The ruffling of feathers began with a few voices expressing concern about kids’ health. Specifically, it was about the sheer volume of cheap pizza and frozen yogurt being shilled to children at our school and how much of it was being sold to Junior and Senior Kindergarteners—some as young as three—who were ordering three slices of pizza at one nutrition break.
This was nearly double their recommended intake of sodium for the entire day.
Every week for sure–and twice on some weeks—these foods are making their way into the school’s front doors under the pretext of necessary fundraising. How much is being collected? In this school of about 300 kids (90 of them enrolled in just the full-day Kindergarten), well in excess of $1,000 per week.
And that is just for pizza.
A Health Issue for Technology’s Sake?
The Parent Council insisted the money was for the purchase of necessary technology–iPads, in particular. There are grandiose plans here to get an iPad into the hands of every 4th grader by 2016. But to accomplish this lofty goal we’re selling foods that are cheap, high-sodium, high-fat, high-calorie, and of low nutritional quality.
Some of the justifications makes me shake my head: “Everybody’s gotta eat. Nobody wants to make lunches 5 days a week. What does a little pizza hurt?” Well, a “once in a while” treat is fine–if the diet is good at home. But, as some of the teachers at our school have observed, there are many kids in schools who are going hungry or have inadequately nutritious lunches most days of the week.
Low-income is an issue, but so is the siren call of convenience foods in middle-class double-income houses. In addition to being speedy, convenience foods are optimized to be addictive and tasty, and so they’re loaded with sugar, salt and fat.
Statistics Canada says that a staggering 33% of Canadian children between the ages of 5 and 17 are overweight or obese, and childhood incidences of serious, lifelong diseases like diabetes are running rampant. While that is concerning even on its own, it’s becoming more and more apparent that our diet has a huge effect on our brain—for better or worse.
High levels of junk food have been shown to reduce cognitive abilities in rodents in as little as three weeks and impair other brain functions. People who are obese and suffer other metabolic disorders caused by an unhealthy diet (such as type II diabetes) have higher incidences of depression and serious mental illness. Having a diet deficient in omega-3 fatty acids has been associated with increased risk of attention-deficit disorder, dyslexia, dementia, depression, bipolar disorder and schizophrenia.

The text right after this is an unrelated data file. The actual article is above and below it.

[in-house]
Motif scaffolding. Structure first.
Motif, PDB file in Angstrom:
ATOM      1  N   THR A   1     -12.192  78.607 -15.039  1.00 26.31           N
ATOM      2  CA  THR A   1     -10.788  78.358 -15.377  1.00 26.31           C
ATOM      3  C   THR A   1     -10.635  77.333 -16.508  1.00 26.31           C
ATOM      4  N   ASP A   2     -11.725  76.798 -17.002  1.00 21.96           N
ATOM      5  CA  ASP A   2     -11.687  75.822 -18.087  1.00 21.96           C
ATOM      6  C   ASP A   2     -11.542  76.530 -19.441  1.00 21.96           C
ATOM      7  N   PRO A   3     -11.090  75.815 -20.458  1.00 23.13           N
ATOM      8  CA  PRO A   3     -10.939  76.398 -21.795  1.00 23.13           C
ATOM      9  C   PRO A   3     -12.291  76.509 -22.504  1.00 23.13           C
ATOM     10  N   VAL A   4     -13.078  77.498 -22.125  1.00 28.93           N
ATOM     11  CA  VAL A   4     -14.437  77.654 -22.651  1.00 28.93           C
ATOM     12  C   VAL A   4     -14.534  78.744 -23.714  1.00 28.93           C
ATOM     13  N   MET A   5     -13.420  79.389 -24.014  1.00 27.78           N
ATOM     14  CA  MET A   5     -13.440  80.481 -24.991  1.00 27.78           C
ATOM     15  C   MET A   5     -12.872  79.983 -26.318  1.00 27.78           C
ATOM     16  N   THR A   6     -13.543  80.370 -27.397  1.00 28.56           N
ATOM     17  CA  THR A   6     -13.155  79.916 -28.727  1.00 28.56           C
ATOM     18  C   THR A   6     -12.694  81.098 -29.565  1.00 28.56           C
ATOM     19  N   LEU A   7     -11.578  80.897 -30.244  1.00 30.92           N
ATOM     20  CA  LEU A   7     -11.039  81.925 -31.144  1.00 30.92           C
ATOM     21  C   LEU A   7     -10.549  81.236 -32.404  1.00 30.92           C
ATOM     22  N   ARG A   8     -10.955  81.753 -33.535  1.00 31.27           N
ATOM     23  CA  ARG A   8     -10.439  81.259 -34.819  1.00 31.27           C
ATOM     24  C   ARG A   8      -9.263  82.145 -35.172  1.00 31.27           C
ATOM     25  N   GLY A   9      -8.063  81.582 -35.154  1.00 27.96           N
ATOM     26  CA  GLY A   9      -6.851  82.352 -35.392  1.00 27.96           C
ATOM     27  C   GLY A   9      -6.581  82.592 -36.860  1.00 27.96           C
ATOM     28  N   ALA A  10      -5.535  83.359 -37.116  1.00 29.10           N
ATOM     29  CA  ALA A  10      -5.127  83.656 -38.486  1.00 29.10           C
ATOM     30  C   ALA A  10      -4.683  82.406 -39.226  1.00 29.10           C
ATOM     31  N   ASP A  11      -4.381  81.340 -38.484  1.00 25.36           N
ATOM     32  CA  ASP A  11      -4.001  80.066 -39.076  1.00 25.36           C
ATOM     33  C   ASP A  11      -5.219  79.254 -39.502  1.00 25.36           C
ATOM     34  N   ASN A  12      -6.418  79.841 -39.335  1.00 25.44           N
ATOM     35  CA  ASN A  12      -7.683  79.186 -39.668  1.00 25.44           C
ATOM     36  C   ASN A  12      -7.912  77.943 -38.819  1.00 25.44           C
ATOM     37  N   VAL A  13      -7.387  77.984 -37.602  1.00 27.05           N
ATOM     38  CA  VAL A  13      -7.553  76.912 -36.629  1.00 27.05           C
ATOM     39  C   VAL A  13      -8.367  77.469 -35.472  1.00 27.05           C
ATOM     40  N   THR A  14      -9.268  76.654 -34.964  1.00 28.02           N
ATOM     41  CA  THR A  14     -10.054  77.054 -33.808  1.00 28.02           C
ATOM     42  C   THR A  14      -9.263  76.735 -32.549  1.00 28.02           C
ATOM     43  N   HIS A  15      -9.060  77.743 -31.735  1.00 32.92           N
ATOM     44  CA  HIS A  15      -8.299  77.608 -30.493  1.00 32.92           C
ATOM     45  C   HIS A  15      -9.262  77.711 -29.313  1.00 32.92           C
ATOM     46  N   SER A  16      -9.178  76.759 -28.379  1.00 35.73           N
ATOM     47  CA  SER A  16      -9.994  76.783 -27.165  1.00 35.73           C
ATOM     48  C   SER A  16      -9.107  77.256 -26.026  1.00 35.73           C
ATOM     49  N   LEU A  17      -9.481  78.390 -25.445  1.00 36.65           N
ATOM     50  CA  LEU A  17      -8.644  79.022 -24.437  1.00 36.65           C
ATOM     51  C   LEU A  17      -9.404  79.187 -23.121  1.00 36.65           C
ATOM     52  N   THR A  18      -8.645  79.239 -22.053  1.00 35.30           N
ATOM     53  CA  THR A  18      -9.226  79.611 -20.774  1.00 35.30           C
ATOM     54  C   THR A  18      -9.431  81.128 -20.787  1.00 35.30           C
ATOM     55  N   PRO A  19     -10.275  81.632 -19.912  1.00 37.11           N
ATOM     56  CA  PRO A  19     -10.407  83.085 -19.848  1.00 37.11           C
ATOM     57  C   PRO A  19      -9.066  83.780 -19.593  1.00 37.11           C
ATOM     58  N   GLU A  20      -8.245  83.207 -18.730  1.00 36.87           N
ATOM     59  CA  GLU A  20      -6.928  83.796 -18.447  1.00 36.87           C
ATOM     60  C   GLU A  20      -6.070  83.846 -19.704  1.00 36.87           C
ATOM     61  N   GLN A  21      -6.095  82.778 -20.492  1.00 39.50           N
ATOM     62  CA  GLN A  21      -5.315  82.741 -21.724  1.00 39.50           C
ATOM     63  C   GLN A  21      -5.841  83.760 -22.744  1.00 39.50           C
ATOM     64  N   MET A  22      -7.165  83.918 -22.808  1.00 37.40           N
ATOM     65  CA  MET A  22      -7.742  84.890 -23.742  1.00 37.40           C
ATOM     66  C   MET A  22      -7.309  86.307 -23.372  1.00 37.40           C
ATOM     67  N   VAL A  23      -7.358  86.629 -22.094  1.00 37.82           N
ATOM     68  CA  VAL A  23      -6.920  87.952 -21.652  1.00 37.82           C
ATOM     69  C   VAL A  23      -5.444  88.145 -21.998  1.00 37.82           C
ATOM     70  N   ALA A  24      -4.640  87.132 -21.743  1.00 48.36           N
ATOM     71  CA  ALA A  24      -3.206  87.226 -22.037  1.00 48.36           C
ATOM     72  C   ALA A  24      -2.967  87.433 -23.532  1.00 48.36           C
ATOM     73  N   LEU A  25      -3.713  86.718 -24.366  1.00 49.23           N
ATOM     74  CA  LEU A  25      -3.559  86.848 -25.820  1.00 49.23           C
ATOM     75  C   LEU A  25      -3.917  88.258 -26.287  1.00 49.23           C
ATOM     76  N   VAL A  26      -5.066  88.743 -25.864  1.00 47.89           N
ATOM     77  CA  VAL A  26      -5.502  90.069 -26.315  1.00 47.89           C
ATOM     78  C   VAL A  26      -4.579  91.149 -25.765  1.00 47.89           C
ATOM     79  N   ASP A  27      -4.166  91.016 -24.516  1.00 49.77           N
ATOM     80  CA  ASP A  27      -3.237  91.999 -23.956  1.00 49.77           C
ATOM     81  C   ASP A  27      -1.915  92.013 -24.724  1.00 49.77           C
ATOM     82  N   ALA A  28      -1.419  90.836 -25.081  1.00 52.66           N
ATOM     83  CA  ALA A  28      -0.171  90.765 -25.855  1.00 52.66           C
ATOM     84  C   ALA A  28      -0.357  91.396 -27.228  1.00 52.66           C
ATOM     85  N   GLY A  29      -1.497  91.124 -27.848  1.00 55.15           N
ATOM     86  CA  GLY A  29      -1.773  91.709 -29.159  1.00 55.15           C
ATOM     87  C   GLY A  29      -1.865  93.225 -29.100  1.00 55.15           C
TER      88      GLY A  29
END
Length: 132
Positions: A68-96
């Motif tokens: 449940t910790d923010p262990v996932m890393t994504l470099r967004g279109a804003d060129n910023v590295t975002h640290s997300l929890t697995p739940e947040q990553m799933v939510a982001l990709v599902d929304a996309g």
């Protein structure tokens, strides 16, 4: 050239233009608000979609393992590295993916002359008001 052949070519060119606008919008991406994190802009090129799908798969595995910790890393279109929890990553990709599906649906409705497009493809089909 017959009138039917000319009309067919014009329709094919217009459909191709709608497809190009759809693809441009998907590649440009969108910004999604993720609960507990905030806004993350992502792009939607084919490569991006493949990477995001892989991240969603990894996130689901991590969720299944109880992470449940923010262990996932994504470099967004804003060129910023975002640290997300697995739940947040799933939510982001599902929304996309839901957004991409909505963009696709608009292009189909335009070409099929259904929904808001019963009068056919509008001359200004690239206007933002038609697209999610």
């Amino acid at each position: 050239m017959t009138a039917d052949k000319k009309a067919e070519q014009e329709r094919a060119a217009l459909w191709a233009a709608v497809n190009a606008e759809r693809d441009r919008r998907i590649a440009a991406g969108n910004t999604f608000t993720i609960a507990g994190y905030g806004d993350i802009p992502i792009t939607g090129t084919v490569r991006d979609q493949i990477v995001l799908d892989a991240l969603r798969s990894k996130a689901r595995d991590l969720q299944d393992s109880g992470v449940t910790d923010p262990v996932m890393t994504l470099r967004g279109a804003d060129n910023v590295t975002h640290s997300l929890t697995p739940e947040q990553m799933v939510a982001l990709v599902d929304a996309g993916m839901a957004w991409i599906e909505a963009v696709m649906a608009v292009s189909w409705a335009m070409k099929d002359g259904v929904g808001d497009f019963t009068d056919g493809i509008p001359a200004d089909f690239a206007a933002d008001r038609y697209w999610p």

Our brain needs a good diet, rich in the fatty-acid Omega 3s (DHA and EPA) and micronutrients, to function at its best. Studies in the UK, Australia and Indonesia have shown that “healthy brain” diets may improve behaviour and cognition substantially.
Peer Pressure and Exclusionism
A small war is now being waged at our school between the parents who want to continue doing weekly pizza and yogurt and the ones who don’t. Parents against it not only include those who are concerned about kids’ health, but also many people who feel like they are pressured to purchase the item on a weekly basis. They either must comply or are forced to explain to a small child why their friends gets to eat the frozen yogurt and they don’t. And then there are kids, like my own son, who are unable to participate due to allergies, dietary or religious reasons. There is no healthy or safe alternative offered to these kids.
My son’s teacher and I brought the matter before council, bringing in alternative suggestions like Pita Pit and a hot lunch program, and we were shouted down. Options which are healthy and inclusive just don’t bring enough funds in to justify the effort—the cut to the school is only about 10%.
Your Chance to Get Involved
The pushback on selling healthy food to kids in the school is astonishing. We’ve had people call the school board superintendent to complain. People have complained about the principal. People have threatened to petition to change the health and nutrition policy to ensure that pizza can be sold as often as they want.
Why would we want to dismantle legislation designed to offer nutritious food to kids on school grounds?
We’re fighting back; a few concerned parents, my son’s teacher, and I—we’ve started a nutrition committee. We have no hidden agenda. We just want kids to eat well. Kids who are well-fed and aren’t loaded with sugar and salt are healthier and perform better in school. But that’s only the first step.
A nutrition committee can do so much more than enforce a nutrition policy. We want to allocate funds towards fresh fruit and vegetable snacks for kids to take if they’re hungry—no questions asked about their household status or needs. We want to create classroom events where kids can get exposure to unusual foods that they might not have eaten (or won’t try) at home.
People who are passionate about this can teach kids how to understand the relationships between food and their bodies; we can teach them to plan and prepare their own healthy meals, from store to plate. We can work together to reduce childhood obesity and diabetes, and improve people’s quality of life.
And fundraising? It doesn’t have to involve food at all.
If your school doesn’t have a nutrition committee, and you believe healthy eating is both important and a right for all kids regardless of their household income, please consider asking your school to form one. Better yet, get involved… and help shape a child’s attitude towards a good diet—for life.
How often is your school pushing pizza, and how do you feel about it?